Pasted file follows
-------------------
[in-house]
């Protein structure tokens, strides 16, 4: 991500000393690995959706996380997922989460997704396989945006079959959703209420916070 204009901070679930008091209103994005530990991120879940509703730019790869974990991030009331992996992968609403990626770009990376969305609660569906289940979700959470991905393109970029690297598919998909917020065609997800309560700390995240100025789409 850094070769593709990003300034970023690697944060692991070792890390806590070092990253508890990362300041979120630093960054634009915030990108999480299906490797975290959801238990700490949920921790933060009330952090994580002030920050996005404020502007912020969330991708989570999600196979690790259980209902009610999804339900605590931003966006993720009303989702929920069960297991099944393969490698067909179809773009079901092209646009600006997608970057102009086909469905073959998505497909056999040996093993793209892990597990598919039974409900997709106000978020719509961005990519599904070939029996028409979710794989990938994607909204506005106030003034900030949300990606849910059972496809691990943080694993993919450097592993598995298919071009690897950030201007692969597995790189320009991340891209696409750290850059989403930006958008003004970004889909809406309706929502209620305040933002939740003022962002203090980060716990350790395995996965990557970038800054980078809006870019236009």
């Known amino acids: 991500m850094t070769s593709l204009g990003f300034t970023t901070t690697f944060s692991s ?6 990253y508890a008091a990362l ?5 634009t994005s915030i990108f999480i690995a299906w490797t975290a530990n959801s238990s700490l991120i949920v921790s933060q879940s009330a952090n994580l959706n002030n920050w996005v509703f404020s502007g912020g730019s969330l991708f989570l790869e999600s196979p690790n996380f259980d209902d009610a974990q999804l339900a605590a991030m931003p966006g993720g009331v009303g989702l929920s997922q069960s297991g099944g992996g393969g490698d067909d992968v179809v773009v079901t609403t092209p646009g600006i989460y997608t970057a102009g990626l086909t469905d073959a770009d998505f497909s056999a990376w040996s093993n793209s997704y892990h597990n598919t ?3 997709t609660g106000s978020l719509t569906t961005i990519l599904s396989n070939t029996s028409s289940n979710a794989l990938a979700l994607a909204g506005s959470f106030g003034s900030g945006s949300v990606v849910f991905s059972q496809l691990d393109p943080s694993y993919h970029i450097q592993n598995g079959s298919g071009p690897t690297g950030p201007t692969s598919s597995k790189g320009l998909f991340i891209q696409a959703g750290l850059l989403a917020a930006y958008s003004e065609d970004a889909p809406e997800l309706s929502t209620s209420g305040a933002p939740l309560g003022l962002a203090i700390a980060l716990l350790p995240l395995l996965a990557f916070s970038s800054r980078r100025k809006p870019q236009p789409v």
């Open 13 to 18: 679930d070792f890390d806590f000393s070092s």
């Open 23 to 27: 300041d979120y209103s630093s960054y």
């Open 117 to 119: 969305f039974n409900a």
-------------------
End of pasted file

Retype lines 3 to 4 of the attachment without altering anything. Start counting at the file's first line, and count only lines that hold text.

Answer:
């Known amino acids: 991500m850094t070769s593709l204009g990003f300034t970023t901070t690697f944060s692991s ?6 990253y508890a008091a990362l ?5 634009t994005s915030i990108f999480i690995a299906w490797t975290a530990n959801s238990s700490l991120i949920v921790s933060q879940s009330a952090n994580l959706n002030n920050w996005v509703f404020s502007g912020g730019s969330l991708f989570l790869e999600s196979p690790n996380f259980d209902d009610a974990q999804l339900a605590a991030m931003p966006g993720g009331v009303g989702l929920s997922q069960s297991g099944g992996g393969g490698d067909d992968v179809v773009v079901t609403t092209p646009g600006i989460y997608t970057a102009g990626l086909t469905d073959a770009d998505f497909s056999a990376w040996s093993n793209s997704y892990h597990n598919t ?3 997709t609660g106000s978020l719509t569906t961005i990519l599904s396989n070939t029996s028409s289940n979710a794989l990938a979700l994607a909204g506005s959470f106030g003034s900030g945006s949300v990606v849910f991905s059972q496809l691990d393109p943080s694993y993919h970029i450097q592993n598995g079959s298919g071009p690897t690297g950030p201007t692969s598919s597995k790189g320009l998909f991340i891209q696409a959703g750290l850059l989403a917020a930006y958008s003004e065609d970004a889909p809406e997800l309706s929502t209620s209420g305040a933002p939740l309560g003022l962002a203090i700390a980060l716990l350790p995240l395995l996965a990557f916070s970038s800054r980078r100025k809006p870019q236009p789409v």
């Open 13 to 18: 679930d070792f890390d806590f000393s070092s």